The Victoria Theatre and Concert Hall (Malay: Teater dan Dewan Konsert Victoria; Chinese: 维多利亚剧院及音乐会堂) is a performing arts center in the Central Area of Singapore. It is a complex of two buildings and a clock tower joined together by a common corridor; the oldest part of the building was first built in 1862, and the complex was completed in 1909. The complex has undergone a number of renovations and refurbishment, mostly recently in 2010 when the complex was closed for a four-year renovation project. It reopened on 15 July 2014.
The buildings in the complex have been used for a number of purposes, such as public events, political meetings, exhibitions, musical and stage performances, and for a brief period as a hospital. The concert hall is used as a performance venue by the Singapore Symphony Orchestra (SSO), and the complex is managed by The Esplanade Co Ltd. The Victoria Theatre and Concert Hall was gazetted as a national monument on 14 February 1992.
The Victoria Theatre and Concert Hall first began as the Town Hall in 1862. In the early 1900s a second public hall was built next to it joined by a clock tower to form a larger complex.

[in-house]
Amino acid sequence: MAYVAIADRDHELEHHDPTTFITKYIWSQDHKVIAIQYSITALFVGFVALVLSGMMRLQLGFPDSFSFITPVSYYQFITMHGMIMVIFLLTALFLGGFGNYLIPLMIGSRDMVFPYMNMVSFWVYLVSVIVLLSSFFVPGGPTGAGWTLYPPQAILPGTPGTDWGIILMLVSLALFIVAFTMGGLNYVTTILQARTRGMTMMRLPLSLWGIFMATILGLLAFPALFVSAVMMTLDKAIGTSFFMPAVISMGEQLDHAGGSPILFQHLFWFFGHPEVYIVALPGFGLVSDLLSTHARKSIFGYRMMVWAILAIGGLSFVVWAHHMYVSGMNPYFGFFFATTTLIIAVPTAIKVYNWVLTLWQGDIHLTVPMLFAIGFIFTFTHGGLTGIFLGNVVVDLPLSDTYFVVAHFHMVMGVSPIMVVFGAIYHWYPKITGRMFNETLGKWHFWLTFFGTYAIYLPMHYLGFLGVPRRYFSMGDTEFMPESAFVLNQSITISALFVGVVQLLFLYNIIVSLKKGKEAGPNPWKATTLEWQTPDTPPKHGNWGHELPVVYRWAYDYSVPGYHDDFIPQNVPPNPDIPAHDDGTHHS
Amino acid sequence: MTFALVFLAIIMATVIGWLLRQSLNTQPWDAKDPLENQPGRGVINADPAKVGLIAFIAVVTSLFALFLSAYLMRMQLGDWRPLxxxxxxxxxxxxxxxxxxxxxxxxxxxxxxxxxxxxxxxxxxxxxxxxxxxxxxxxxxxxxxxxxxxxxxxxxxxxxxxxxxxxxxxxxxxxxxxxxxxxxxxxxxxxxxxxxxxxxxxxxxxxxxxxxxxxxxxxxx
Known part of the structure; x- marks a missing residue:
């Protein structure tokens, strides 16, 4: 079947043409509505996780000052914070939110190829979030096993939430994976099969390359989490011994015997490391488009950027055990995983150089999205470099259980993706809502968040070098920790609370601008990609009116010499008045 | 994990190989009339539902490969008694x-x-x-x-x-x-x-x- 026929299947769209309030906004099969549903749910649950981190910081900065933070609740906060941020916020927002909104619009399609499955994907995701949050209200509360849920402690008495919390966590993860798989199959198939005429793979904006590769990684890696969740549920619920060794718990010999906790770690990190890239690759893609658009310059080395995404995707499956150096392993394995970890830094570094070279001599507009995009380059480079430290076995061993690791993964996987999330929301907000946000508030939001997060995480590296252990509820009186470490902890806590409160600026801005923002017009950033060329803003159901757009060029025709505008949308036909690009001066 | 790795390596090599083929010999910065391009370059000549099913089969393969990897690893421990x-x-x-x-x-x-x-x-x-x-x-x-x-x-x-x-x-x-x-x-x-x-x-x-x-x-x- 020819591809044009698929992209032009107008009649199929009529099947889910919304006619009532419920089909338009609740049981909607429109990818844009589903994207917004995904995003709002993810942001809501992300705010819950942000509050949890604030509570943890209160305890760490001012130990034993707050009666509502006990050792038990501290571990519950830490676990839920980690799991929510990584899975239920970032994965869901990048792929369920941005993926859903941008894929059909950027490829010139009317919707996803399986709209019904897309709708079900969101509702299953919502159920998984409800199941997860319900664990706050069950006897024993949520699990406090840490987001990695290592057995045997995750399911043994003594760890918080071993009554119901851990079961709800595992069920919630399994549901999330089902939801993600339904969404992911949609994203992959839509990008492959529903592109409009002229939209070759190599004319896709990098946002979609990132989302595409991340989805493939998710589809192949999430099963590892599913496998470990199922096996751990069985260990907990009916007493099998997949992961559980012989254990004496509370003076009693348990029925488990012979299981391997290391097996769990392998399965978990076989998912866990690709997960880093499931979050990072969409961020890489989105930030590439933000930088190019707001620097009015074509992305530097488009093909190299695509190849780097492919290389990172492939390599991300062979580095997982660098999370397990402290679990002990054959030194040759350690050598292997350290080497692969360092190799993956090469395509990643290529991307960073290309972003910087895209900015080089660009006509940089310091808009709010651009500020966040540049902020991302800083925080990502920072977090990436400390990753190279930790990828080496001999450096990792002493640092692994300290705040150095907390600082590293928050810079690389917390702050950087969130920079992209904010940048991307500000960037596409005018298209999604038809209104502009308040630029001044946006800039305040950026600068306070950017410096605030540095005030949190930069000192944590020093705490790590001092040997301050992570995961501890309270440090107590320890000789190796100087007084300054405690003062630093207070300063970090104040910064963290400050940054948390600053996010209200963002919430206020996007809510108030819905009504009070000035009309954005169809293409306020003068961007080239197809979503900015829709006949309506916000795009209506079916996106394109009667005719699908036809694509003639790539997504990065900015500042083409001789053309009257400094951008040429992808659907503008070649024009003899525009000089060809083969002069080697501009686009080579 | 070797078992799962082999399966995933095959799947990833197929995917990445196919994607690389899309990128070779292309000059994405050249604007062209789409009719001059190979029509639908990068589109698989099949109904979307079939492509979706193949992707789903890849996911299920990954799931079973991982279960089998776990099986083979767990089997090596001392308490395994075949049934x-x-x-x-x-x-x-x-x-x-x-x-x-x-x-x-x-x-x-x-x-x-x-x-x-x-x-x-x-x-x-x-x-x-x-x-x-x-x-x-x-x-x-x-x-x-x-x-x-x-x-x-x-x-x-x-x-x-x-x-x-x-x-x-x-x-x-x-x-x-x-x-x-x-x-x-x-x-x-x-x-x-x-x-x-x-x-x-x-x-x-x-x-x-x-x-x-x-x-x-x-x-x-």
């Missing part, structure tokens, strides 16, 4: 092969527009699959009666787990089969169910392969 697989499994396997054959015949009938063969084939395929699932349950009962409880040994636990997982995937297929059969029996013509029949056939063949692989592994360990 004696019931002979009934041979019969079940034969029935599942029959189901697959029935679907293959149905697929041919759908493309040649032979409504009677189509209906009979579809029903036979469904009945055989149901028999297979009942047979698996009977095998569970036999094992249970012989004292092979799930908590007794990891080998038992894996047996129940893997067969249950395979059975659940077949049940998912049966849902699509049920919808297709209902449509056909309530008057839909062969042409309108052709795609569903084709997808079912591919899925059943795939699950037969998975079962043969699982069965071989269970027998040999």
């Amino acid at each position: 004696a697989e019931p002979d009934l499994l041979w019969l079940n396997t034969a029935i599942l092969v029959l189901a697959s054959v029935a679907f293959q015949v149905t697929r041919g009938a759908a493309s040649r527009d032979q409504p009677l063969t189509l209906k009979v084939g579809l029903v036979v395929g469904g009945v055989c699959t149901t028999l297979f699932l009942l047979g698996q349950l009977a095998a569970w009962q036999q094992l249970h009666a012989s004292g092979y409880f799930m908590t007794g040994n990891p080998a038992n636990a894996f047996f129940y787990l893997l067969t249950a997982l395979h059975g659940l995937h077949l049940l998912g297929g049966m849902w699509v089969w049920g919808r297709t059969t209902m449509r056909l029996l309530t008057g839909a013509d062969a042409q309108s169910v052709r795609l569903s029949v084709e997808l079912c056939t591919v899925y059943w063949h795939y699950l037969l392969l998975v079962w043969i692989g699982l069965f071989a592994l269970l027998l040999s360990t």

The Town Hall was originally built to replace the older Assembly Rooms, where local operas and dramas were held but had fallen into disrepair. The foundation stone was laid in 1855, and the building completed in 1862.
The building was designed by the Municipal Engineer, John Bennett. It was built during an era of Victorian Revivalism that was then popular in Britain, and its design therefore reflected this architectural style with Italianate windows, and it was the first such building in Singapore built in this style. The completed town hall originally housed a theatre on the ground floor as well as meeting rooms and offices of various government agencies on the second floor. It also housed the Singapore Library from 1862 to 1876. However, the town hall was unable to cope with increasing demand for the use of both, and by 1893, the offices had moved out of the building.
In 1901, it was decided that a public hall would be built in memory of Queen Victoria who died that year. Public funds for its construction amounting to $368,000 were collected, exceeding the construction costs, thus leaving a surplus of $22,000 for the renovation of the town hall so that it blended in with the new hall. The foundation stone was laid on the occasion of King Edward VII's coronation celebration on 10 August 1902, and the new building was built between 1903 and 1905 next to the Town Hall.
The plan of the memorial hall was initially drawn up by Major Alexander Murray and the Public Works Department, later with further design input for the renovation of the Town Hall by R. A. J. Bidwell of Swan and Maclaren to harmonise the two buildings.